P2 immediately calls TWR for clearance - no reply. I admit to not knowing enough about radios to know how a failure might present itself. Let us suppose that the intercom still works, but when we transmit on box 1, no side tone is heard. Looking at box 2 we see that it is still tuned to 121.5 and we are still monitoring it (though this is not required and the pilot in question normally deselects it on approach). Nothing has been heard on 121.5. P2 attempts to call both TWR frequencies on box 2 very quickly - no reply. We are now at 50' and the runway is still clear. The time is 1457Z. The TWR have no Aldis lamps.

Would considering this scenario be of any help to further the discussion?

G W-H
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Old 14th Dec 2009, 09:55
  #74 (permalink)  
 
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As a reply to the previous scenario:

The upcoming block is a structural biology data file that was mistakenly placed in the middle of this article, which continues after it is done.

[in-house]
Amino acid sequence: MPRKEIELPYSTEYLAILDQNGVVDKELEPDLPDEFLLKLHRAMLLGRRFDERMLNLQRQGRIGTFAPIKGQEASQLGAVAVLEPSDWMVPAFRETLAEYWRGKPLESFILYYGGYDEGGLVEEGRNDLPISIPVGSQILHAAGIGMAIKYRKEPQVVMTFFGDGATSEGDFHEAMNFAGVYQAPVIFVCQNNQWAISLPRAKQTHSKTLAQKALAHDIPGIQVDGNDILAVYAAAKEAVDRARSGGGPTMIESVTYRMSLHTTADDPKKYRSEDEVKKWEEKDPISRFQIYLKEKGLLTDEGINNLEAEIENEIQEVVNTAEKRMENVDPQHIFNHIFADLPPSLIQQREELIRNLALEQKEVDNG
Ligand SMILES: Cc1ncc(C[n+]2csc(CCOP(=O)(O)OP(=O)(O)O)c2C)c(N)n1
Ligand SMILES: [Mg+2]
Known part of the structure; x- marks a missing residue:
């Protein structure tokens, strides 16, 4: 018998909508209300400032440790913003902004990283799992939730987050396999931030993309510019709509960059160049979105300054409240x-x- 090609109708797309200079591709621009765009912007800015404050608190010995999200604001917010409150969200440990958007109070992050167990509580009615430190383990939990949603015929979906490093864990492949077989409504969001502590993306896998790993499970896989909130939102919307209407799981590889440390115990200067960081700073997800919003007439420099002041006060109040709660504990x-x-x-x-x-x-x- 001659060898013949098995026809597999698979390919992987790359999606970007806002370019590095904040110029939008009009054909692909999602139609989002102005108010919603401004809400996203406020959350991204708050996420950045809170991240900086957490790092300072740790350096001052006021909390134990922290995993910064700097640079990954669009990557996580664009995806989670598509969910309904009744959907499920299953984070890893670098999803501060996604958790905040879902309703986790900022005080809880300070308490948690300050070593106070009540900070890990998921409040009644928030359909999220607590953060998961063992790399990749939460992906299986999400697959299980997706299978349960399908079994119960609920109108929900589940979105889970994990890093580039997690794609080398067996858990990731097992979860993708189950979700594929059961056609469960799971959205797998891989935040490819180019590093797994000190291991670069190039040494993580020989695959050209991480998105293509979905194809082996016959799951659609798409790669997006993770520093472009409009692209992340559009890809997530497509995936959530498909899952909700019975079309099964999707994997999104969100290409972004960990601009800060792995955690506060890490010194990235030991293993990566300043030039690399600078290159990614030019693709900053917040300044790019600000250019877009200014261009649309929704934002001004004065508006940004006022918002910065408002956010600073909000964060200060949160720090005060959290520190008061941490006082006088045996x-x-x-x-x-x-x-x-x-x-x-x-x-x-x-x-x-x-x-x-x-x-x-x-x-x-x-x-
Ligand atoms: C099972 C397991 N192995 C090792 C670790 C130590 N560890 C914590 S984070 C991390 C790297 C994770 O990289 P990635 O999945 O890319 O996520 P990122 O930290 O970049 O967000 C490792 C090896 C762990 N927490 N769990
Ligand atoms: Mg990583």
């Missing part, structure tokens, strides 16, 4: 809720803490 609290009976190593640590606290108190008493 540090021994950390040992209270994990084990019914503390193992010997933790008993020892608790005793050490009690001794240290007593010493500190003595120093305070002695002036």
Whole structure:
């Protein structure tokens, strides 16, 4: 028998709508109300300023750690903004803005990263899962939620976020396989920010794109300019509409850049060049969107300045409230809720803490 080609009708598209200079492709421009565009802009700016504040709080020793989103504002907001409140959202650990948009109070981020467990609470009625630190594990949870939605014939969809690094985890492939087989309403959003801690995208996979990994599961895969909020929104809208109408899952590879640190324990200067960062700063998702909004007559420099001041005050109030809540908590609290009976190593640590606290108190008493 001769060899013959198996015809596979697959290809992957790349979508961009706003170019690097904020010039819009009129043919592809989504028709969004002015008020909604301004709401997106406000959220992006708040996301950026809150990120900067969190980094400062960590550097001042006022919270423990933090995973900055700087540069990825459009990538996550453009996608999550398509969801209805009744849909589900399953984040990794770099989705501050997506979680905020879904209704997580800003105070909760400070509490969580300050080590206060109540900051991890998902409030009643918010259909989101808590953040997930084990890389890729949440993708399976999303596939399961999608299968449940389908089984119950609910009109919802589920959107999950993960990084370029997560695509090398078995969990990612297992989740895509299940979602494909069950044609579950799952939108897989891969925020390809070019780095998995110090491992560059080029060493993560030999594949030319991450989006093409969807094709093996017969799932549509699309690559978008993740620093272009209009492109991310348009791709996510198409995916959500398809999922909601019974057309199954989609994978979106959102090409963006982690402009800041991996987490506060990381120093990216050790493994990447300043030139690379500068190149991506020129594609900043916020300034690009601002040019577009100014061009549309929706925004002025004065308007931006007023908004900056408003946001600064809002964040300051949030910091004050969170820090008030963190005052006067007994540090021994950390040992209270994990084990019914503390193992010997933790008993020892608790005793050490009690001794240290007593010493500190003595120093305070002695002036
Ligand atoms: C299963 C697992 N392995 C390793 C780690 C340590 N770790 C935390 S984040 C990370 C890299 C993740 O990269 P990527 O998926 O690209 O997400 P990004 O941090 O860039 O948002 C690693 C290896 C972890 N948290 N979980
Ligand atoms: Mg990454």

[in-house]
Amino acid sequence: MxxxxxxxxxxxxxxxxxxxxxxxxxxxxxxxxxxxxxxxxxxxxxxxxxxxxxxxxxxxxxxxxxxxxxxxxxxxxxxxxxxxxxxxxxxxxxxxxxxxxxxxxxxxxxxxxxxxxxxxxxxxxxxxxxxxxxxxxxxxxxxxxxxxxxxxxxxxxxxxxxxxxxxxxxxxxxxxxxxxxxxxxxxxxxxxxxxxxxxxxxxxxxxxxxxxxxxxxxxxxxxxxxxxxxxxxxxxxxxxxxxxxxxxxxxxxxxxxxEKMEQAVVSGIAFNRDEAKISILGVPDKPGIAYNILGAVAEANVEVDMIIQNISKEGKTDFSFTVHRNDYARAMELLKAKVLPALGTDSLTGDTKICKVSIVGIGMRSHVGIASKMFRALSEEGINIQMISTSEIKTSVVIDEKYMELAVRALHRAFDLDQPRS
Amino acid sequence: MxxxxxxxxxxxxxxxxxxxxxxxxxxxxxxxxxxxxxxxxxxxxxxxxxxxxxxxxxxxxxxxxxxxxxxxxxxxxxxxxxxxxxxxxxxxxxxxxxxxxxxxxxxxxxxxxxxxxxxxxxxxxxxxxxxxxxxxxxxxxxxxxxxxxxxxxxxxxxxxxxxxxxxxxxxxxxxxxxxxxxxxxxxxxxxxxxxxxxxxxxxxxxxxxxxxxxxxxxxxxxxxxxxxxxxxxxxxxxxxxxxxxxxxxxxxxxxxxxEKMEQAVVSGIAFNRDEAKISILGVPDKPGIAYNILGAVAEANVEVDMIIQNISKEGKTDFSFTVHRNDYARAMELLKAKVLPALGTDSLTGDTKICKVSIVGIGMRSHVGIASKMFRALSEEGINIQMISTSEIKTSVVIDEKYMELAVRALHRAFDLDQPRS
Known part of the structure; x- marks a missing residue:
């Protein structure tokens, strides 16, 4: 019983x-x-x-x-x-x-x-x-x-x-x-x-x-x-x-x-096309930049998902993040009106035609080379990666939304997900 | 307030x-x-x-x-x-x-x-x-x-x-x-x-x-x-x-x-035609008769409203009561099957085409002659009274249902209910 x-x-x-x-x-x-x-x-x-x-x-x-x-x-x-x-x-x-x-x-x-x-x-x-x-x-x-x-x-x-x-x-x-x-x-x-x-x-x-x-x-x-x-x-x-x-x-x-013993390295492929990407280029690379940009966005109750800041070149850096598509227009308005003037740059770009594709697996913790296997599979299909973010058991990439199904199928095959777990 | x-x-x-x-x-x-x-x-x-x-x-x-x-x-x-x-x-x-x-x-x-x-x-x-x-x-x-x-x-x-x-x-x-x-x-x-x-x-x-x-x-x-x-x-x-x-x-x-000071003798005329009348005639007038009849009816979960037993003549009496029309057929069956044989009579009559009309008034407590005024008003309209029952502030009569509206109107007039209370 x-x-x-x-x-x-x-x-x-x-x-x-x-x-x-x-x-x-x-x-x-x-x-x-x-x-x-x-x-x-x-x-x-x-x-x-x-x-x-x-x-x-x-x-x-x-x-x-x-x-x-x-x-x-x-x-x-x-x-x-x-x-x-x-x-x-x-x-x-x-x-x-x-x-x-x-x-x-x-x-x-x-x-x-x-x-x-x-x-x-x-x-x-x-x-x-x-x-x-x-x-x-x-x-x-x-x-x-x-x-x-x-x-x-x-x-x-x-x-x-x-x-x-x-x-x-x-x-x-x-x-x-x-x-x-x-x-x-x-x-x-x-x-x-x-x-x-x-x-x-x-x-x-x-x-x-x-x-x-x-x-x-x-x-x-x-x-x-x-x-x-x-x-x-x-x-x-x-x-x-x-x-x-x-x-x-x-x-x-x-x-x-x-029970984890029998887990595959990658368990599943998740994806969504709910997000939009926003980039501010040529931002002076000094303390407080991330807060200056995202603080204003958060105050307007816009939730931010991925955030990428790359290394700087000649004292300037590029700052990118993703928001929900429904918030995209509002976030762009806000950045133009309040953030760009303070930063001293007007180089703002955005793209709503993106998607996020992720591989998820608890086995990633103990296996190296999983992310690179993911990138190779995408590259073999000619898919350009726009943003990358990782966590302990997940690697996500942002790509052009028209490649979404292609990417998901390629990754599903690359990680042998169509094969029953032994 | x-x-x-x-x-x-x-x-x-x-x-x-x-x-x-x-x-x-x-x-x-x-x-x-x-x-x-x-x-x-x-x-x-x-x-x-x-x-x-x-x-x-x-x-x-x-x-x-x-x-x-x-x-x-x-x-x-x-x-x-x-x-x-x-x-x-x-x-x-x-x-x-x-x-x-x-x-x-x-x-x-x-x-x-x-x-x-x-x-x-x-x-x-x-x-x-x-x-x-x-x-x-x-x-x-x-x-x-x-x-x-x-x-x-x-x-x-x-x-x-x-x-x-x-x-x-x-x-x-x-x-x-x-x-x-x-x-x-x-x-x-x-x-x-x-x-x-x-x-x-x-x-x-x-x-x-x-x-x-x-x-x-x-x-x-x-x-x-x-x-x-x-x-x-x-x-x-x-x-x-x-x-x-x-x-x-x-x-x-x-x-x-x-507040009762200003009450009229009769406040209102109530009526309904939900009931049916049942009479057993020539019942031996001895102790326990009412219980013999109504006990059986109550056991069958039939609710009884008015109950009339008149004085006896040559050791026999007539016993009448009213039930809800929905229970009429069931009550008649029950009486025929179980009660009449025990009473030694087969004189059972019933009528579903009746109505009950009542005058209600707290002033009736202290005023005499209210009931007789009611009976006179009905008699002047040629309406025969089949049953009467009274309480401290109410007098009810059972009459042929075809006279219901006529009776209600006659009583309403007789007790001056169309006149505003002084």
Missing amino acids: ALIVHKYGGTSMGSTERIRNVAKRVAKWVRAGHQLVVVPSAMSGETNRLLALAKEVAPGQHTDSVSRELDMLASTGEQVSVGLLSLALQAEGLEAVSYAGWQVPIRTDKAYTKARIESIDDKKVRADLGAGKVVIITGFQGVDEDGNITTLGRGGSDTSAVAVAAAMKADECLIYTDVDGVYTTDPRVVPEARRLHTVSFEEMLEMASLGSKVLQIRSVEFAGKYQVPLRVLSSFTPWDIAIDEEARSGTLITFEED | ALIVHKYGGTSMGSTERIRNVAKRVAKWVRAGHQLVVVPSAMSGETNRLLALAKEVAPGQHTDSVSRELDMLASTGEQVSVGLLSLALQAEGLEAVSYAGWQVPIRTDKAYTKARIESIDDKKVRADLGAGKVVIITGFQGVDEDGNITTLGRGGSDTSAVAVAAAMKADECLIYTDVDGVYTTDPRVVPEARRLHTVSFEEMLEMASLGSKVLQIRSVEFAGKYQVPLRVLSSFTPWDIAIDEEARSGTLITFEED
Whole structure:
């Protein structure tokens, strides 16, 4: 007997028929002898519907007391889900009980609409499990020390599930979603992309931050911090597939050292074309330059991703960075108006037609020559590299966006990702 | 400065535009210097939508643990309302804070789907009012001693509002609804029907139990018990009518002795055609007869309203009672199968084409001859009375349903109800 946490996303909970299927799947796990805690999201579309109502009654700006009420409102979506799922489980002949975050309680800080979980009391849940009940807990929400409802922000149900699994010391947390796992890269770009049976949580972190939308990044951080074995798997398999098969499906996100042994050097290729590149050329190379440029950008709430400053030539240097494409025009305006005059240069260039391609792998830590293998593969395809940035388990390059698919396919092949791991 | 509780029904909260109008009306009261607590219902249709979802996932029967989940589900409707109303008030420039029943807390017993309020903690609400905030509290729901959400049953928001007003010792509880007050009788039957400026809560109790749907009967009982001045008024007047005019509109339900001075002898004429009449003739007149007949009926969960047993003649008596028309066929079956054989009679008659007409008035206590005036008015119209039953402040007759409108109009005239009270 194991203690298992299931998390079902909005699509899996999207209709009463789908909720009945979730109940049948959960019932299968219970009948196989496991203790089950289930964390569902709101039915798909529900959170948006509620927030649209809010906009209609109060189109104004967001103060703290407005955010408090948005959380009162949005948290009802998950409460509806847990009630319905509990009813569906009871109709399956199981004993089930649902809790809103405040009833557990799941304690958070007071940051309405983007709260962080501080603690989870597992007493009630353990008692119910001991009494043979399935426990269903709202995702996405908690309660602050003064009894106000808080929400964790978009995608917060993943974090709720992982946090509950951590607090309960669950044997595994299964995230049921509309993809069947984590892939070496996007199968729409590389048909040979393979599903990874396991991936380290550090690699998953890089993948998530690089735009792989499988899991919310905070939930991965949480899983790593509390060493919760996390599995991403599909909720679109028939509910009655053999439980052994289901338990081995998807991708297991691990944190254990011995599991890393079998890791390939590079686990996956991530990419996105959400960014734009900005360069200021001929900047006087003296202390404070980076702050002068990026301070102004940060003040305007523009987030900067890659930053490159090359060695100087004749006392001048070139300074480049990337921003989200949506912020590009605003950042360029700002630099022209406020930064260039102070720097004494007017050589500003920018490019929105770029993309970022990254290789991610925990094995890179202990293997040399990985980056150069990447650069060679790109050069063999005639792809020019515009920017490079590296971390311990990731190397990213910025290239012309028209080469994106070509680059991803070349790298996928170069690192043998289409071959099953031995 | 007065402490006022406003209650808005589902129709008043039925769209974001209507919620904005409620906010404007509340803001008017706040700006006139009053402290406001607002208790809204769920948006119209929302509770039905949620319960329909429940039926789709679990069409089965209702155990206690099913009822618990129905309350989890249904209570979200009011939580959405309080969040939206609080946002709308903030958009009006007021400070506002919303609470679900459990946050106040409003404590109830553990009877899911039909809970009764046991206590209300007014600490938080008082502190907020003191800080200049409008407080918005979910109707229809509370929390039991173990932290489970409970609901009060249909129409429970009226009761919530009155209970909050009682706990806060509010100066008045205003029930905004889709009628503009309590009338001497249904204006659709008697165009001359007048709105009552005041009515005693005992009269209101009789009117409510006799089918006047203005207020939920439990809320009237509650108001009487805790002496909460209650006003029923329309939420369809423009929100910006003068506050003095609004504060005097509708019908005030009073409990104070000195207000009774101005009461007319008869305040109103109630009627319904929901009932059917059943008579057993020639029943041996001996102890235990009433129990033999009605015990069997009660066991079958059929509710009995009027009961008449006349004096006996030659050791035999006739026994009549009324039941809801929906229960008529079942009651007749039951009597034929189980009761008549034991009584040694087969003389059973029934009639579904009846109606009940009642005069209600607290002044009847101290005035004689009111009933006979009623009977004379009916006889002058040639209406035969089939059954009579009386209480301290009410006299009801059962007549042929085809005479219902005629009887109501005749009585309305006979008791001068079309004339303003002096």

In our airport this kind of situation is described so, that if no landing clearance is recieved on final approach until decision point, a/c commences go-around, proceeds via publised missed approach route, joins holding, tries to establish communication with ATC by all possible means, i mean cell phones, other freqs and so on, and after 1 holding pattern a/c is coming to land. That takes approx. 10 minutes or smthing like that, so TWR has the time to figure out what is going on, and take all appropriate measures to ensure that RWY WILL BE FREE when a/c touches down. Also EMER services are informed to ensure safety, because no-one on the ground knows why a/c commenced go-around, so we are prepared for the worse scenario...

In all cases - go around - even if you are 101% sure there's no-one on the RWY... If something still happens, it will be Your head that flies through the air, not Your aircraft...
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Old 14th Dec 2009, 11:19
  #75 (permalink)  
 
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hmm i'm a "go-arounder" by nature but i'm not a machine either, but in GW-H's scenario i would probably land. sometimes you just have to make that command decision that youre being paid to make having reviewed the facts available (albeit quickly).